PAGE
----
HSBC Swiss unit to pay $192 million in US tax fine

HSBC Switzerland is one of the last remaining 'category 1' banks to settle its tax affairs with US authorities. Keystone / Martial Trezzini

The Swiss branch of HSBC's private bank has been fined almost CHF200 million by the US Department of Justice (DoJ) for having helped American clients evade tax between 2000 and 2010.

This content was published on December 11, 2019 - 16:08

HSBC’s Swiss private banking unit confirmed the $192.35 million (CHF189.6 million) fine handed down by a district court in Florida on Tuesday.

The bank admitted to holding $1.26 billion in undeclared assets for wealthy American clients over the period 2000-2010. To help them evade tax, it devised fraudulent strategies and presented false documents to US tax authorities, the DoJ said in a statement on TuesdayExternal link.

“In 2002, the bank had approximately 720 undeclared U.S. client relationships, with an aggregate value of more than $800 million. When the bank’s undeclared assets under management reached their peak in 2007, HSBC Switzerland held approximately $1.26 billion in undeclared assets for U.S. clients," the justice department said.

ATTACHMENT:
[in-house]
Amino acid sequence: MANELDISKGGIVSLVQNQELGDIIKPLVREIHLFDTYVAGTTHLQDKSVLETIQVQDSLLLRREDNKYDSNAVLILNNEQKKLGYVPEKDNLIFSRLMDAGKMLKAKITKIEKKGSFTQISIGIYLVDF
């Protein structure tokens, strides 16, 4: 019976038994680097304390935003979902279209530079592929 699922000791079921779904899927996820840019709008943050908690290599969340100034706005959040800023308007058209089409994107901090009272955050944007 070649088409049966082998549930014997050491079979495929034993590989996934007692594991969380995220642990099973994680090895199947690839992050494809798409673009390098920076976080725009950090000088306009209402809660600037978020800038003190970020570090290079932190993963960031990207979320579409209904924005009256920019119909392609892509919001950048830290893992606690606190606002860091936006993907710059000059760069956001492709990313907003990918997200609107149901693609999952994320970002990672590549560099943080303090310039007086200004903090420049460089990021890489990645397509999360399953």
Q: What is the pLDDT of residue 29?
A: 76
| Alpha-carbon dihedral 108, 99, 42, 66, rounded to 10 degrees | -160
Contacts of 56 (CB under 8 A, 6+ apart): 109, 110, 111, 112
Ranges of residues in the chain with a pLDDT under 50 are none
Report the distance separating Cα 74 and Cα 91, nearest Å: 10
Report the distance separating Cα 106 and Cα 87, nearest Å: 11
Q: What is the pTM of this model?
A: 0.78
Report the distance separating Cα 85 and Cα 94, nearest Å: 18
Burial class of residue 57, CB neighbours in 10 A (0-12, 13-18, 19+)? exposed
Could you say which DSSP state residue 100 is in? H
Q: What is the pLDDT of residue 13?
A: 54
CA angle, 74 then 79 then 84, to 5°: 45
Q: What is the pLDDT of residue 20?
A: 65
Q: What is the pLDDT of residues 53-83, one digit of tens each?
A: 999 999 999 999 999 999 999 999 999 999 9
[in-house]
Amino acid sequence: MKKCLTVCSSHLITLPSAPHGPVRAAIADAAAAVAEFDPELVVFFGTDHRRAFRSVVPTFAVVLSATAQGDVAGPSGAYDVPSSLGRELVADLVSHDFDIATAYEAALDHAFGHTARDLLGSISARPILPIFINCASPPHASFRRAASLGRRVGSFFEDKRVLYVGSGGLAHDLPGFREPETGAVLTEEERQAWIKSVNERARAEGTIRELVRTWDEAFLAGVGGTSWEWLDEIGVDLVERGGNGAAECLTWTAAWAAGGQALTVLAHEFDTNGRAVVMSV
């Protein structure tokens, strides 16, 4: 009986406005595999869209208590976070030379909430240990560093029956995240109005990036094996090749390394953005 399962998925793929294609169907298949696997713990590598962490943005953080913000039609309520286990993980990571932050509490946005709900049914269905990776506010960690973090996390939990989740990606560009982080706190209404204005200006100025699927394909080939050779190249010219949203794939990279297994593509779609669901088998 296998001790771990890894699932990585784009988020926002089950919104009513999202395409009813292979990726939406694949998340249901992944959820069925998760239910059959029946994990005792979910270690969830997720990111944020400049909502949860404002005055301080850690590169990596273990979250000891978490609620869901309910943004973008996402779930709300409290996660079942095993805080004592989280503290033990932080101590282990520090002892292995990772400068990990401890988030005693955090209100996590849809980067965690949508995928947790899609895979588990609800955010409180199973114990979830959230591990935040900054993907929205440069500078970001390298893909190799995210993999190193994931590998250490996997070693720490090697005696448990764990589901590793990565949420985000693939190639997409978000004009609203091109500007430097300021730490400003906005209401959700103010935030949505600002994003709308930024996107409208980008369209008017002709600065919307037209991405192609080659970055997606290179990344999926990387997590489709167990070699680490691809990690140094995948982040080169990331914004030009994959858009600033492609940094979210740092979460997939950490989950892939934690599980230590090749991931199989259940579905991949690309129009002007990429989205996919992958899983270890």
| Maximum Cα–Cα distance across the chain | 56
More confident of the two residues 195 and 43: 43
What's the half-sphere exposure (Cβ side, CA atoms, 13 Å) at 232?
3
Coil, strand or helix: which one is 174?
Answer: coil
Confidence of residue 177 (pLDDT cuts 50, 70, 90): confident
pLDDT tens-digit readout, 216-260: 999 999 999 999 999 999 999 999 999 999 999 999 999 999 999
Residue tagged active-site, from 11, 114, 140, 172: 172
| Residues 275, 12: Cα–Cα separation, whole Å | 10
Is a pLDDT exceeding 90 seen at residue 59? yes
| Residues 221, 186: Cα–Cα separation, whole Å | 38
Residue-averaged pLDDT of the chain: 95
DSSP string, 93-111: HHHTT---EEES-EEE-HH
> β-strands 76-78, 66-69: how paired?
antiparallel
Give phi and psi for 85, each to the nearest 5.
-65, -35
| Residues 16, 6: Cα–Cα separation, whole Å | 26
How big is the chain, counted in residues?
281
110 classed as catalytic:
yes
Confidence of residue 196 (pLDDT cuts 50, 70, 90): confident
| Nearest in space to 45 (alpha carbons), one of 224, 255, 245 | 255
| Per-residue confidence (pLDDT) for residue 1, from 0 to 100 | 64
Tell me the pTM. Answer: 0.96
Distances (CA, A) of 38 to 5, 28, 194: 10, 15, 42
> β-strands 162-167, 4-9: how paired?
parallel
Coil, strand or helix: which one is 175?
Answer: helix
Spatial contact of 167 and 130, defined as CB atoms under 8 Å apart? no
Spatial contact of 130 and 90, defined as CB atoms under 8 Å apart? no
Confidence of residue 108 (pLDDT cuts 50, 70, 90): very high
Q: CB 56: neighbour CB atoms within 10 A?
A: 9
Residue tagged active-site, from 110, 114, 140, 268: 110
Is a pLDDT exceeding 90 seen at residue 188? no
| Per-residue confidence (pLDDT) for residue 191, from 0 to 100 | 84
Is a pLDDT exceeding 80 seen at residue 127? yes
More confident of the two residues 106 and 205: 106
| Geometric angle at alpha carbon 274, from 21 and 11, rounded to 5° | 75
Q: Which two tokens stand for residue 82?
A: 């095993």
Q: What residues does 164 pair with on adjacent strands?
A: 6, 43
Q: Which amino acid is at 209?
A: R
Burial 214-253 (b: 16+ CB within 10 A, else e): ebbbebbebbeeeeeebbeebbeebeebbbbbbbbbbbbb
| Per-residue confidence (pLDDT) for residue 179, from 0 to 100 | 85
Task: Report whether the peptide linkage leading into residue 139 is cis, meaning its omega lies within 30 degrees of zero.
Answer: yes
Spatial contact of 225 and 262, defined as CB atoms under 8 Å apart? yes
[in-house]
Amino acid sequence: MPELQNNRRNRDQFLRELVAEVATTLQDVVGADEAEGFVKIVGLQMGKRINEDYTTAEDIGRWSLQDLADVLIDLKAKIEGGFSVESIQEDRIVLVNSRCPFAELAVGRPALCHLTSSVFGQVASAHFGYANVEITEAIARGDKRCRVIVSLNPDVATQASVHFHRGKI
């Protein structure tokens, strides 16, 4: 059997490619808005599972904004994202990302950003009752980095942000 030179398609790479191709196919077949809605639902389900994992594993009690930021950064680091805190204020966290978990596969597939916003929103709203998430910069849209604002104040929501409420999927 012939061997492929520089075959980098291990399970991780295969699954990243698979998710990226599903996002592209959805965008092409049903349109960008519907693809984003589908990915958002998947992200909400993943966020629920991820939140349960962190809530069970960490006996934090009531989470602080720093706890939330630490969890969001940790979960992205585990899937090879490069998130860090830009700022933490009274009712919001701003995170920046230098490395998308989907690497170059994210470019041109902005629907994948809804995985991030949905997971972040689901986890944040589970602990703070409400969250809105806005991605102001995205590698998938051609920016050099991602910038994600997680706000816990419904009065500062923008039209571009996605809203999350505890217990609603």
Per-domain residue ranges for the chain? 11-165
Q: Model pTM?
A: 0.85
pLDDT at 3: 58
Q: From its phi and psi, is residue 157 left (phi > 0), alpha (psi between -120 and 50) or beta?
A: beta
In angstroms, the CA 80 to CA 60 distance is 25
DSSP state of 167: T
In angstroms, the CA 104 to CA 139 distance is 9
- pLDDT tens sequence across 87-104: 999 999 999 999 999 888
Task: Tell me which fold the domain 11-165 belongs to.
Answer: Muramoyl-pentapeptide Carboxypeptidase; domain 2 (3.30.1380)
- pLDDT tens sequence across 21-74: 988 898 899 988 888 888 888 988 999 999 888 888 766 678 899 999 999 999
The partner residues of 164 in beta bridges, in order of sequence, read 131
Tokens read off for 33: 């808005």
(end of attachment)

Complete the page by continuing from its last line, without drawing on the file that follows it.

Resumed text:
HSBC said it had proactively contacted the DOJ a number of years before the U.S.-Swiss Bank Program was announced in 2013 and self-reported its past activities. It said it had cooperated extensively with US authorities, in compliance with Swiss law, to bring this investigation to a close.

“We are pleased to resolve this legacy matter. Over the past decade we have strengthened our compliance function, enhanced our control framework and put in place a comprehensive client tax transparency policy,” said Alex Classen, CEO of HSBC Private Bank (Suisse) SA in a statement.

“Today the Swiss subsidiary operates under new management and is focused on a smaller set of markets and clients. Based on this strong foundation, and as the longstanding U.S. investigation comes to a close, HSBC’s Swiss subsidiary is fully focused on growing its business in a sustainable way.

Beyond the fine, HSBC has also pledged to give US authorities information about accounts that were closed between 2009 and the end of 2017.

The fines are part of a long-running series of legal actions against Swiss banks that helped US clients to evade tax: for example, Credit Suisse previously paid $2.6 billion, Julius Bär $547 million, the Zurich Cantonal Bank $98.5 million, and the Basel Cantonal Bank $60.4 million.

However, HSBC is one of the last remaining so-called 'category 1' banks to have its case settled by US authorities. Geneva-based private bank Pictet and Zurich-based Rahn+Bodmer are still awaiting a conclusion.

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